Florida Child Support Checks are in the Mail

Floods in Pennsylvania from Hurricane Irene temporarily closed the facility that prints the checks for the state of Florida.

Hurricane Irene did not make a direct hit on Florida, but the storm delayed about 11,300 child support checks to families across the state.

The Pasco County Clerk of the Circuit Court reassured families Wednesday that their child support checks are in the mail. County courts in Florida received notice Friday that there was a delay.

The payments were held up, when the Pennsylvania facility that prints the checks for the Florida Department of Revenue was closed due to flooding caused by Irene. High waters shut down businesses and roads in some areas of Pennsylvania.

The delayed checks are for payments for Sept. 8, Sept. 9 and Sept. 12, according to a notice from the Clerk of the Circuit Court for Pinellas County.

“All checks were placed in the mail Monday evening after 6 p.m.,” said Kevin Fulford, chief administrative officer for the Pasco clerk’s office.

Fulford said there is no way to tell if payments to Pasco residents were affected by the delay. He did, however, say that any residents who do not receive their checks can contact the clerk’s office for assistance.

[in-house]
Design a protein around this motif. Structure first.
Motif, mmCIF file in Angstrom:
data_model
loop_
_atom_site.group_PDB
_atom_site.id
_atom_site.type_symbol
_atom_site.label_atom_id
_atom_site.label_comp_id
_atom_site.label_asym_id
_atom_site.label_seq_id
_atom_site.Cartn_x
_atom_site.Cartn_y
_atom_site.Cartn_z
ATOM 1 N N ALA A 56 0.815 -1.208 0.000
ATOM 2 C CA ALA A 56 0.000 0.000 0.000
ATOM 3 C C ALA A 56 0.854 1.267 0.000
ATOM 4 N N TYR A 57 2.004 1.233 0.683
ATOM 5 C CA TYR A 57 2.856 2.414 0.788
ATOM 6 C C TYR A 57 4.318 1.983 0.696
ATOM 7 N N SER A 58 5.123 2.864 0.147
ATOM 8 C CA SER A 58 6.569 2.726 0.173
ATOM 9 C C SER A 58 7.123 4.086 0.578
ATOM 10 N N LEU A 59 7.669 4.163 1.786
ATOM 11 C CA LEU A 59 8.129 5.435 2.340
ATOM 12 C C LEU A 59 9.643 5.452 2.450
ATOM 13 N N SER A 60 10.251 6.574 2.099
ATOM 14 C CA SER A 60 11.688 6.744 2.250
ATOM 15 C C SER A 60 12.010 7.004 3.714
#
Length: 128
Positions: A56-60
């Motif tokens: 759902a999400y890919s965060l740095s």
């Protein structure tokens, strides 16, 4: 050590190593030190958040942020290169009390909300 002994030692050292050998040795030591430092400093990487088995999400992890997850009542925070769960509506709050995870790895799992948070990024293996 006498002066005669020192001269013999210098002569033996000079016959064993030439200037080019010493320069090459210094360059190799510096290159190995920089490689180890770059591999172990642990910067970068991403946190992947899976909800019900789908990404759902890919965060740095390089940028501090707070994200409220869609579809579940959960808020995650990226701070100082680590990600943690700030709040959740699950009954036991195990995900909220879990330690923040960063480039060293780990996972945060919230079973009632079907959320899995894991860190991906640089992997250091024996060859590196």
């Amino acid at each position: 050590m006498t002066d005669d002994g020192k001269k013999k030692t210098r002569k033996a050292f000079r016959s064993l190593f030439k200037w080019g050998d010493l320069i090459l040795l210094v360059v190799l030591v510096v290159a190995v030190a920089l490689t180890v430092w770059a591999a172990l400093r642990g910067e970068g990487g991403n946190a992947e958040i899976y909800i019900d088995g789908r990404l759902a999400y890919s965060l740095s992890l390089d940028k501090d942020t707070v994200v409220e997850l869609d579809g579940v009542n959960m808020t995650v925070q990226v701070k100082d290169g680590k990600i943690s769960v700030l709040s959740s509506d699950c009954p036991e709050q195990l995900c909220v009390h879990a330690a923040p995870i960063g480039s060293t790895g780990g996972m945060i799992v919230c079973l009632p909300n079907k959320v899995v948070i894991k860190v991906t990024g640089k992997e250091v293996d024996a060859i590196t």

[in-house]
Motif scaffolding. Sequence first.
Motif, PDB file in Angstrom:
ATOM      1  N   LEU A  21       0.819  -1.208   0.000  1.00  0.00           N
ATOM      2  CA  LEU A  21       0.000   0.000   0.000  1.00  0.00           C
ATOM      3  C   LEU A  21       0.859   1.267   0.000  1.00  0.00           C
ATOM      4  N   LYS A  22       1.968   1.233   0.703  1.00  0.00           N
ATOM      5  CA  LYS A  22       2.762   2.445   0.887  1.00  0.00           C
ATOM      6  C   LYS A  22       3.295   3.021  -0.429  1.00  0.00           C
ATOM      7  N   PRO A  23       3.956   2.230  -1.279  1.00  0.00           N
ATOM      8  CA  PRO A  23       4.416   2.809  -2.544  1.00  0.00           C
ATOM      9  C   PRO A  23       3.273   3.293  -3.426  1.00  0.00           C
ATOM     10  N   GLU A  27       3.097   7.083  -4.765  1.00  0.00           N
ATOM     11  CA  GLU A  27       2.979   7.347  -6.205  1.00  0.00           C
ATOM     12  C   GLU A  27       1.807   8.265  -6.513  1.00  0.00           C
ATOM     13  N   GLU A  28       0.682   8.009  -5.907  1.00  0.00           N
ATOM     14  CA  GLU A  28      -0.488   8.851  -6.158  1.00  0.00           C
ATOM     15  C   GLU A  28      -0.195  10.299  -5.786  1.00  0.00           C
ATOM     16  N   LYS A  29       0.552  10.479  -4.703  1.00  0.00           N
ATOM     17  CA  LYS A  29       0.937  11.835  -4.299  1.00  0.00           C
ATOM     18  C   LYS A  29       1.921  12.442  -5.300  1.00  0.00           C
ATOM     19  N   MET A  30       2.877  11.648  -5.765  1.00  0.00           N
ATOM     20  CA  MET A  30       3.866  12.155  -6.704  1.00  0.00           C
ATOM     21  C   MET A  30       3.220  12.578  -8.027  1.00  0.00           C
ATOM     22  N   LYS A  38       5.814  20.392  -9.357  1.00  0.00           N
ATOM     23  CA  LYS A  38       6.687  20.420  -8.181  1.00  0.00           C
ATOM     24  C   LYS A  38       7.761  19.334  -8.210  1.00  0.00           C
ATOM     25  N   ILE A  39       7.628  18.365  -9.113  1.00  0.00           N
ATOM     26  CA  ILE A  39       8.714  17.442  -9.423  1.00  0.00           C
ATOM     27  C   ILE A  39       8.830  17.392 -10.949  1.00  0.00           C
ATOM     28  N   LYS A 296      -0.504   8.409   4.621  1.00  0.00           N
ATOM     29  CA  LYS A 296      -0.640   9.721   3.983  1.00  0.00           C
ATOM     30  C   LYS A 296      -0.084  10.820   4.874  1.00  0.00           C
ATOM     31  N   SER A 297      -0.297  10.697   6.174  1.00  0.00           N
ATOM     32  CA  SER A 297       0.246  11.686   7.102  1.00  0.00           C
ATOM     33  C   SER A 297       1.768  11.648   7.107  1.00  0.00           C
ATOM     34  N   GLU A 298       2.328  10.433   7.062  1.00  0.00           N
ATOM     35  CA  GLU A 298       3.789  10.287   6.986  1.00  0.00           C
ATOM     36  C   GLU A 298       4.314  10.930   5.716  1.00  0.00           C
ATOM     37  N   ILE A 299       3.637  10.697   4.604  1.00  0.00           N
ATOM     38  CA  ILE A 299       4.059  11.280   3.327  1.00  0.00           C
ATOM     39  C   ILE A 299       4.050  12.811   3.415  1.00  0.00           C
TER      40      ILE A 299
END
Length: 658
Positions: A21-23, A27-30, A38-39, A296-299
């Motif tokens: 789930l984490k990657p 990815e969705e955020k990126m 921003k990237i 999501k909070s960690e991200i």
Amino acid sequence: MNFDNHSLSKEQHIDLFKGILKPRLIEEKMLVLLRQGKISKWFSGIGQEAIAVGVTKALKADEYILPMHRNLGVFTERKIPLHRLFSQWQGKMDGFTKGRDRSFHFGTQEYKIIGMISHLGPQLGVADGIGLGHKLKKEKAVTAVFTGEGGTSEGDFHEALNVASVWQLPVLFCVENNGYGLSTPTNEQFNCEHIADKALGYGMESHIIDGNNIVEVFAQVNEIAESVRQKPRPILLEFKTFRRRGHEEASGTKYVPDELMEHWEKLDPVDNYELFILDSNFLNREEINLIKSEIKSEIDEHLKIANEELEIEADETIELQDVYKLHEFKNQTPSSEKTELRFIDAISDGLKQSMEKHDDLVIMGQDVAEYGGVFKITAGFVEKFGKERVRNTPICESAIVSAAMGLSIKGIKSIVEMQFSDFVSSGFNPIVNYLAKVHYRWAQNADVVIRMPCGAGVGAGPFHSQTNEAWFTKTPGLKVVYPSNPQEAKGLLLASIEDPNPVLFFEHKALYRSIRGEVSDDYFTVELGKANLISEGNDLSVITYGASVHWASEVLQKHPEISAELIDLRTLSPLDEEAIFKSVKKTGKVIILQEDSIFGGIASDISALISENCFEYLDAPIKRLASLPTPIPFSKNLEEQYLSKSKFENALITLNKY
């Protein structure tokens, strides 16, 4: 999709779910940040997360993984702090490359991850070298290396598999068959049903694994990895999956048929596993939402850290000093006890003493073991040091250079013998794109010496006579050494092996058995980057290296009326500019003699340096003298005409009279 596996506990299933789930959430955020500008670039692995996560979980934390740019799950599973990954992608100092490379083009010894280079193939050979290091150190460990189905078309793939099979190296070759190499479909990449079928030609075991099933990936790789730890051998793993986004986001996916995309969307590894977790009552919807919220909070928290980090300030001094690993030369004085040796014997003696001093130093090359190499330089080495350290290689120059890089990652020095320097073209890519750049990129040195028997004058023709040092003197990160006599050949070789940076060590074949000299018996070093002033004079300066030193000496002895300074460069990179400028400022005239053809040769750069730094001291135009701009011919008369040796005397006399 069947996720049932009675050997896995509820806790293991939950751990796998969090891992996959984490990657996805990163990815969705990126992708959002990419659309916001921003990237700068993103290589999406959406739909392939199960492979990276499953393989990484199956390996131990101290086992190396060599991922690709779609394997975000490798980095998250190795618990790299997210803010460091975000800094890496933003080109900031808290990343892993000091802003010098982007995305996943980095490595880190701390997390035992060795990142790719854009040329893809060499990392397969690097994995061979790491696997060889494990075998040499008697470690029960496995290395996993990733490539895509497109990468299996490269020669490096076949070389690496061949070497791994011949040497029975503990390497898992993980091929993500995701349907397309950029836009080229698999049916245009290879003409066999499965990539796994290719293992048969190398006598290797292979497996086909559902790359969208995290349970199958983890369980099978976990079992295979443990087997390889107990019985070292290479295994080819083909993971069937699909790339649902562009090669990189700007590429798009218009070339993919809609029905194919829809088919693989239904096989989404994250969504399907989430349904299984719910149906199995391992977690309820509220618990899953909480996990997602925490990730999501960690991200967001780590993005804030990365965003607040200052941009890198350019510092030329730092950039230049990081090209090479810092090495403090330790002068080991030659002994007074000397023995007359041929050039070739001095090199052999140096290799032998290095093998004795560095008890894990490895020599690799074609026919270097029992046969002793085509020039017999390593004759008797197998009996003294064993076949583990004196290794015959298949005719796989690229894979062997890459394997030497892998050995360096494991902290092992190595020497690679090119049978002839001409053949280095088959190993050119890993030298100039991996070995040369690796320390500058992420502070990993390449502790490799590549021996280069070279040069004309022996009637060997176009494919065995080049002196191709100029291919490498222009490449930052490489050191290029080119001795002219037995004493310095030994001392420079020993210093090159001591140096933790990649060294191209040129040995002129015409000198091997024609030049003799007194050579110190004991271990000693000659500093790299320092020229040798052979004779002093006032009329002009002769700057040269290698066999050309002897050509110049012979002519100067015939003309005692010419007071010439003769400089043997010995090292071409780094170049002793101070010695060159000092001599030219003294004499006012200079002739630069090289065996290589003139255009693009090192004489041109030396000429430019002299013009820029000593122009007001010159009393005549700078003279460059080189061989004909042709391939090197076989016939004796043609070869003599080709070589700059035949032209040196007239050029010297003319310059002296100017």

“If somebody has a concern, they can give us a call we will always help find an answer,” Fulford said.

The number to call in Pasco is 727-847-2411, ext. 2218.

Renee Watters of the Florida Department of Revenue said that the state processes child support checks as payments are received from absentee parents.

"There is no standard time frame for the checks," she said Wednesday. "We process more than 99 percent of payments within one day, so as soon as we receive the money it is processed and sent out."

The Department of Revenue oversees child support orders for payment. Any parent or caregiver of a child can apply to the state for help in receiving unpaid, court-ordered child support.

The state-enforced payments enable lower-income families to stay off or decrease their reliance on welfare subsidies. They also compel absentee parents to take responsibility to support their children.


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